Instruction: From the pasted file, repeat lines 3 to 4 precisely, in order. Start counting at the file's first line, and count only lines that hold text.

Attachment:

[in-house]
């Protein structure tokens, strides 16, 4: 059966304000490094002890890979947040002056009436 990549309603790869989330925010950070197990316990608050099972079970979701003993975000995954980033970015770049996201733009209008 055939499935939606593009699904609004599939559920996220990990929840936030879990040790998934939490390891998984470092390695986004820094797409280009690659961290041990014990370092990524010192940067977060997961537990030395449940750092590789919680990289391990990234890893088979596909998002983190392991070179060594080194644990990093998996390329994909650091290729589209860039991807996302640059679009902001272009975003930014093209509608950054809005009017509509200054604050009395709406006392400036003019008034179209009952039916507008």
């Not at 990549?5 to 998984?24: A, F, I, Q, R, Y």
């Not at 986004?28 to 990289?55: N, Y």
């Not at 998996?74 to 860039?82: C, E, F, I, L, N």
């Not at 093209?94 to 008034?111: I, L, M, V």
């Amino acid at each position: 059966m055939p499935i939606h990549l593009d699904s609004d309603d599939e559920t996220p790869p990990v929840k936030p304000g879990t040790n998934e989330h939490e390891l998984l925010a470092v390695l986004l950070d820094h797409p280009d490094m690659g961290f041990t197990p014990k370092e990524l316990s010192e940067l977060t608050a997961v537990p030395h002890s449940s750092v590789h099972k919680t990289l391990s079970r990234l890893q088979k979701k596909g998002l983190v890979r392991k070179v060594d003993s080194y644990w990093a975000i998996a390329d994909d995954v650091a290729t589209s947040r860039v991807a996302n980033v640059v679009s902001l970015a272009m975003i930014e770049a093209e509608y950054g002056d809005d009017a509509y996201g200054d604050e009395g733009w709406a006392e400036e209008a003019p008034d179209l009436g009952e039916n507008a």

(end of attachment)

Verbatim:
């Not at 990549?5 to 998984?24: A, F, I, Q, R, Y």
């Not at 986004?28 to 990289?55: N, Y």